Damian Lillard Pushing His MVP Case

0
NEW YORK, UNITED STATES - DECEMBER 7: Damian Lillard of Portland Trail Blazers drives the ball against New York Knicks during an NBA game at Madison Square Garden on December 7, 2014 in New York, United States. (Photo by Cem Ozdel/Anadolu Agency/Getty Images)

On the face of it, Damian Lillard’s game against the Grizzlies on Sunday was his worst of the season. However, his performance displayed a maturity that has been central to the Trail Blazers‘ emergence as a surprise package in the NBA.

He had 19 points, the only time in his seven games so far where he scored below 27. Lillard also added six rebounds and a steal – solid numbers, but hardly MVP caliber. However, as Portland overcame a tough road game in Memphis, it was clear why they have continued to be successful in their post-LaMarcus Aldridge era. Lillard’s willingness to delegate to C.J. McCollum down the stretch got them over the line.

Shutting Out the Grizzlies

One moment in particular stood out. With McCollum on fire from outside, Lillard drove to the basket through a forest of Grizzlies defenders. Instead of forcing a tough shot, he made an improbable pass to find McCollum for an open three. It was the dagger. With a six-point lead and three minutes remaining, the Grizzlies still had a chance, but they never looked like they were going to overhaul the Blazers after that.

Lillard is one of the best 4th quarter shooters in the league, but in that instance, he knew it was McCollum’s night. It was the mark of a true superstar. Leading a team is not just about taking the responsibility yourself, but recognizing when an in-rhythm teammate can get the team over the hump.

Lillard made no secret of  MVP ambitions before the season, nor was he timid in aiming for a deep playoff run in 2017. Both seem unlikely even now, but the point guard seems to thrive when he is overlooked.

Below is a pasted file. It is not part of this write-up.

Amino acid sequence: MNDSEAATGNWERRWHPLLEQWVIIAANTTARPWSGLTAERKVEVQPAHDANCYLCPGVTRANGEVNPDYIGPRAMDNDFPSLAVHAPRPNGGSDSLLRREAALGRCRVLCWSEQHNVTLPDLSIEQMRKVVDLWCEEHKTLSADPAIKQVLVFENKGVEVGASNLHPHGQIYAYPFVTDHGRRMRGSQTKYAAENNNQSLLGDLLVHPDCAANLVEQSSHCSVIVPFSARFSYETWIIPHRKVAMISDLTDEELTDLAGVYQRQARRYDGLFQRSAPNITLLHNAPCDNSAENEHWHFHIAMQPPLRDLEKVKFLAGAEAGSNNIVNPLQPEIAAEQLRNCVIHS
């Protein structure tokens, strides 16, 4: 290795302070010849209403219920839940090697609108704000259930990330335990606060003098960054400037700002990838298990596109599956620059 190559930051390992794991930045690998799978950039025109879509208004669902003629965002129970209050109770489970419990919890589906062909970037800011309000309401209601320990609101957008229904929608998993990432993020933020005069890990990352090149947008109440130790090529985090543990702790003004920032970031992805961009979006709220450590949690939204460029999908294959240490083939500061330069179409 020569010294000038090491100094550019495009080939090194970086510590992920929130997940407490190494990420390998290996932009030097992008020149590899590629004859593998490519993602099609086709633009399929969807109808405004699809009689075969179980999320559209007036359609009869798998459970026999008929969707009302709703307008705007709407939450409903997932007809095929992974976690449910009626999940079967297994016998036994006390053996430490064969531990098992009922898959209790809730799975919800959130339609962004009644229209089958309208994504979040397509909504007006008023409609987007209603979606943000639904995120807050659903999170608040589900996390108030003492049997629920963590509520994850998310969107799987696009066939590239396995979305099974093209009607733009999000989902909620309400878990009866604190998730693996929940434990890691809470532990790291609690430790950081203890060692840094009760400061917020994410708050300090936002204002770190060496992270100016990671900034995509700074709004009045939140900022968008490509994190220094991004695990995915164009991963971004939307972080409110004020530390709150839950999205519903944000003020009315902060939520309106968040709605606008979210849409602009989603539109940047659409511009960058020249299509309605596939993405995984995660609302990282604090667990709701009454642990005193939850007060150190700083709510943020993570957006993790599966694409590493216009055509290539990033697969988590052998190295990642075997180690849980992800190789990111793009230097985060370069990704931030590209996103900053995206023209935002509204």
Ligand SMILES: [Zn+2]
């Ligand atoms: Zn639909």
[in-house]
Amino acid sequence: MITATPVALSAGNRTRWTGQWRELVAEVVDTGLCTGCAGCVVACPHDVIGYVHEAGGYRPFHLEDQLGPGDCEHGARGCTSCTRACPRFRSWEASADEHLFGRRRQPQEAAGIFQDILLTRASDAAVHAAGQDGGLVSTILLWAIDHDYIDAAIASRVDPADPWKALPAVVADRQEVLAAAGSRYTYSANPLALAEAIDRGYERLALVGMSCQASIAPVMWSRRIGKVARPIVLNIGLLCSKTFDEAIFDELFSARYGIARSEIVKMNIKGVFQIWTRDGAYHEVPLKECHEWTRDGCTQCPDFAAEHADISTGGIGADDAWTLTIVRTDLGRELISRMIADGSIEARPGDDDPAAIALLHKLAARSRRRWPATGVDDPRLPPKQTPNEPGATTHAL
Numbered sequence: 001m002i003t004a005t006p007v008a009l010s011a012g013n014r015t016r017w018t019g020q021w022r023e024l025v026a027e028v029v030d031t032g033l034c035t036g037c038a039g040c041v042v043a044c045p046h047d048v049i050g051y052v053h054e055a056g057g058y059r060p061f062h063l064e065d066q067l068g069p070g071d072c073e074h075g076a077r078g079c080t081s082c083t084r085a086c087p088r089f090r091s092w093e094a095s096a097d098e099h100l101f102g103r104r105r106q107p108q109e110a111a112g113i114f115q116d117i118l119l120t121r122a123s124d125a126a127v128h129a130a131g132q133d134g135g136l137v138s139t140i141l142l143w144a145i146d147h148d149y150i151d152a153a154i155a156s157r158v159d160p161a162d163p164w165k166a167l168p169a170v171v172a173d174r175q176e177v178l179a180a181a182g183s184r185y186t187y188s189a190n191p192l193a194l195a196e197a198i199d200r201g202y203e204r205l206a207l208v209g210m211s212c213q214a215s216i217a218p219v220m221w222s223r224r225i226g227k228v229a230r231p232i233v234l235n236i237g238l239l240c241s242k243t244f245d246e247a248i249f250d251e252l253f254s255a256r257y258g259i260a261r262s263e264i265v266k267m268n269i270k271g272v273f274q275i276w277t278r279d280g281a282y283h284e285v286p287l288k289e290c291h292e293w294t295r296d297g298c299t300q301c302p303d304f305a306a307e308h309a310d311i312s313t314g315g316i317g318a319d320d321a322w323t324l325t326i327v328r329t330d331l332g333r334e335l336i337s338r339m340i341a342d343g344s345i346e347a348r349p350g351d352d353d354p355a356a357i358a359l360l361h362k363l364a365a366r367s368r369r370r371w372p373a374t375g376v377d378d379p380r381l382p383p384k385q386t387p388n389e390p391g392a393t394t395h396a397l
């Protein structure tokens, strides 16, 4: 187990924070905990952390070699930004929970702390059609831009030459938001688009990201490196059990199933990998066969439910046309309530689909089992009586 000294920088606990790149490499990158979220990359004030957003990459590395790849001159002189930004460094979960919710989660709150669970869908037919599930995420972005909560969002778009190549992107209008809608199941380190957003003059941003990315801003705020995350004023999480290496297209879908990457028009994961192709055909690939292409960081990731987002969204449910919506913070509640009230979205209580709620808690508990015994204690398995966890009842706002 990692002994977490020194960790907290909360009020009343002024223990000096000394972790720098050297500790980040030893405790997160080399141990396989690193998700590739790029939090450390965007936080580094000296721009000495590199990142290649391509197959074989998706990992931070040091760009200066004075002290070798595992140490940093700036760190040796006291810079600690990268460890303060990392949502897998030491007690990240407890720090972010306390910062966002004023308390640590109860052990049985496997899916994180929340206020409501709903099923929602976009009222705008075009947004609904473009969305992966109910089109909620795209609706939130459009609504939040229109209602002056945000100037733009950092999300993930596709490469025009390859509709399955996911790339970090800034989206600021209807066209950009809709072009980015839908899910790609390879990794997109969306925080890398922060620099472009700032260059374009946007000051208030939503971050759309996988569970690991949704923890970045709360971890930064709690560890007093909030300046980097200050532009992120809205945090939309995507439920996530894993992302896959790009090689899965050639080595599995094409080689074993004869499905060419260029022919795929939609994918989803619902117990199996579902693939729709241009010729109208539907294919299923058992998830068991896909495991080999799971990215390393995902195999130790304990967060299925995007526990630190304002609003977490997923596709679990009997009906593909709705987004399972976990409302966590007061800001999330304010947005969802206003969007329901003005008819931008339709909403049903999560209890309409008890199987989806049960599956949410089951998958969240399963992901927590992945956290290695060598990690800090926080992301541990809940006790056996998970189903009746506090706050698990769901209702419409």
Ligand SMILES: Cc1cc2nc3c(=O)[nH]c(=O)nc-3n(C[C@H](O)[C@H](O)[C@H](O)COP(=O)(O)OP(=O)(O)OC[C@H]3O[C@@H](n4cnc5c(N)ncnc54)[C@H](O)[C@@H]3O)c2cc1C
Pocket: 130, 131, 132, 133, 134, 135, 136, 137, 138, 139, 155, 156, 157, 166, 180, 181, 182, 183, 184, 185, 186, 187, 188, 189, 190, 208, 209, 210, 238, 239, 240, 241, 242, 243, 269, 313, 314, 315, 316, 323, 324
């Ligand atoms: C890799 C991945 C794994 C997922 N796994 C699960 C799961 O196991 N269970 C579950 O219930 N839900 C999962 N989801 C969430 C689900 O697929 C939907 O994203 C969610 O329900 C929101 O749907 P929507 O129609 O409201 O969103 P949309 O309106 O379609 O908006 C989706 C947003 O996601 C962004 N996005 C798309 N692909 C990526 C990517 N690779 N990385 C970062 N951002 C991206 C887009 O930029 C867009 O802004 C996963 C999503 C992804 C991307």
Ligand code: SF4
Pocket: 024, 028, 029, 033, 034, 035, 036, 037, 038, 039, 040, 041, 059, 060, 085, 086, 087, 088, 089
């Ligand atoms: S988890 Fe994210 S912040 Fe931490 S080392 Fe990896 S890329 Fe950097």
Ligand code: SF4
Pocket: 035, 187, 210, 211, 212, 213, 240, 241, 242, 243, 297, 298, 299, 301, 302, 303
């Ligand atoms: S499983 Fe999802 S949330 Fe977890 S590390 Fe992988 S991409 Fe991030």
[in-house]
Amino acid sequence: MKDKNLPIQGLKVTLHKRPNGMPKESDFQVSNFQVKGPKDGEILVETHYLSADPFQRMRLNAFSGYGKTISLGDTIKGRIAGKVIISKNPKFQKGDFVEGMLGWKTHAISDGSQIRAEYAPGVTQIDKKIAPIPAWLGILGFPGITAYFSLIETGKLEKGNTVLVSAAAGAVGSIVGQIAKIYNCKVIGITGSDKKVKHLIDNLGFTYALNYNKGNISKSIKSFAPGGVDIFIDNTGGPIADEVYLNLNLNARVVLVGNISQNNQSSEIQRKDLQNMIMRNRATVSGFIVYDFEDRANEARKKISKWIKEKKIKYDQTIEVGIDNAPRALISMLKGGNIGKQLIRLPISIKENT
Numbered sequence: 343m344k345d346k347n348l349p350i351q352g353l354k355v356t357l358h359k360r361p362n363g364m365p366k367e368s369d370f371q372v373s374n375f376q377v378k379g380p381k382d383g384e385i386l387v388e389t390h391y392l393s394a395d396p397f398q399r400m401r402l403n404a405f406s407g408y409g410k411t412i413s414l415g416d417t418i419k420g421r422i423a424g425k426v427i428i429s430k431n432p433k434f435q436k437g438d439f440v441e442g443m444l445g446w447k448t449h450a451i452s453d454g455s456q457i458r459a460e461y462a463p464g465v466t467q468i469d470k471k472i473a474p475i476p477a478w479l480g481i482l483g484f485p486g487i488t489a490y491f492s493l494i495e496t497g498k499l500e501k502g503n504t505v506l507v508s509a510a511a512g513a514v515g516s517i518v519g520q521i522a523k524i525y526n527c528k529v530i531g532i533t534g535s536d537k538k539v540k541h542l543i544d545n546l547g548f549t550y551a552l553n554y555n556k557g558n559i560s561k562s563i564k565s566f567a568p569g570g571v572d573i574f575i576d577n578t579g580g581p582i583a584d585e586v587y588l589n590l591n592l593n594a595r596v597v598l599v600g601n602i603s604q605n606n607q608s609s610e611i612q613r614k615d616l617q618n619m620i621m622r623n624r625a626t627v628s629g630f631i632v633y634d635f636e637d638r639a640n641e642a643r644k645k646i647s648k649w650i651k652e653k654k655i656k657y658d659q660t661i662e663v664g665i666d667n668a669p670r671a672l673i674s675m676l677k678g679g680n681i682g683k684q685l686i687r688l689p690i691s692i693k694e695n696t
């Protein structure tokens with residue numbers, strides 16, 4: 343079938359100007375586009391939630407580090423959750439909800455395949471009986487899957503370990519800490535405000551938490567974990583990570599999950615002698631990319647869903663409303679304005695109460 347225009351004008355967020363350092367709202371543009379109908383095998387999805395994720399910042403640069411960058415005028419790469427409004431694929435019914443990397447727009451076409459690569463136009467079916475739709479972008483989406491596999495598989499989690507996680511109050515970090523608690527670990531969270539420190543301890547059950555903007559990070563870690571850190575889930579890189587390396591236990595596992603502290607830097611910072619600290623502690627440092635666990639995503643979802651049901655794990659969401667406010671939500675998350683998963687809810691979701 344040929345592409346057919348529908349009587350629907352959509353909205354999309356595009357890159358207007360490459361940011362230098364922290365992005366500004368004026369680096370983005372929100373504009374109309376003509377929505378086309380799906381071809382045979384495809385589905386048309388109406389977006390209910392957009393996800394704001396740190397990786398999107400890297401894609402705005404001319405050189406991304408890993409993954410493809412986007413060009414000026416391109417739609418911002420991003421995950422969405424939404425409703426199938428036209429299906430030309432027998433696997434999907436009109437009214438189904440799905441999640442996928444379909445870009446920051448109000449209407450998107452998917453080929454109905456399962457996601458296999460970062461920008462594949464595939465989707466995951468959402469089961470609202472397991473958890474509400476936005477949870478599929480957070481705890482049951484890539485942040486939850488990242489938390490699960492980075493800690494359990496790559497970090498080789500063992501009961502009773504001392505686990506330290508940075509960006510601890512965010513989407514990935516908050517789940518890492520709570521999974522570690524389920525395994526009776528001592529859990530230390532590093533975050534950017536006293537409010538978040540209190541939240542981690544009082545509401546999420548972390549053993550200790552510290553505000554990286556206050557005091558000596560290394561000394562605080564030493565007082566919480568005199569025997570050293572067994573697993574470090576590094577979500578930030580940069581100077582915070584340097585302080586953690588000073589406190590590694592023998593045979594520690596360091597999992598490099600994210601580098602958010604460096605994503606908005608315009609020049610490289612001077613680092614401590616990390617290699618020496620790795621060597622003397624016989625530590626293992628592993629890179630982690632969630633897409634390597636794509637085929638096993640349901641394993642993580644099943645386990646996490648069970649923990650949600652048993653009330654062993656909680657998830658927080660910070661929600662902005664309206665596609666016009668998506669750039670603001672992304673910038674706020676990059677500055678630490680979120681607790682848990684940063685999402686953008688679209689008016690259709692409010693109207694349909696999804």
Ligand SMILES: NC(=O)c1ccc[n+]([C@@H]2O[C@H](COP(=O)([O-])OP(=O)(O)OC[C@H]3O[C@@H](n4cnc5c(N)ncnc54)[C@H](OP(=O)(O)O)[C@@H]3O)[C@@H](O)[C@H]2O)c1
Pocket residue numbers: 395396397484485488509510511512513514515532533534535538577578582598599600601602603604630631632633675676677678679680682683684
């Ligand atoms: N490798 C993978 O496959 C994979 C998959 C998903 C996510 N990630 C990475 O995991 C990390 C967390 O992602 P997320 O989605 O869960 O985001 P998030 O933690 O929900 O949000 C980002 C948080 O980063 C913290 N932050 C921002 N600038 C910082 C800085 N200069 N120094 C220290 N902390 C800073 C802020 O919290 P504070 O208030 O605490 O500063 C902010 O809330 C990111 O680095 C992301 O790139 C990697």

Overcoming Adversity

When Aldridge and three other starters left the Trail Blazers in the summer of 2015, many predicted them to be a lottery team. They got the fifth seed. When Lillard was snubbed for the All-Star team in 2016, he boosted his scoring to over 25 points per game after the break. He would go on to make the All-NBA Second Team. And when the Blazers were down 2-1 to the Los Angeles Clippers in the playoffs, they bounced back to win four straight and make the Western Conference Semifinals. Their star was excellent in Game Six.

For Portland to go one better and achieve Lillard’s aim of reaching the Western Conference Finals, they still have a long way to go. Their 4-3 record is middling, and the Western Conference has the firepower that makes it extremely difficult to win.

As for Lillard’s personal goal of winning the MVP, there may be an outside chance. He is suspect defensively, but his exciting offensive game may be too good to ignore if he maintains his 30-plus scoring average. What will hold him back will be the Blazers’ likely lack of wins. Only once in the last 30 years has the season MVP come from outside the first or second seed in his conference – Michael Jordan. His Chicago Bulls were the 3rd seed.

The only thing thwarting Lillard’s MVP credentials is team wins, but that award is a long way away. For now, the star point guard will be focused on taking his team back to the playoffs. His leadership will be key.

 

Main Photo:

LEAVE A REPLY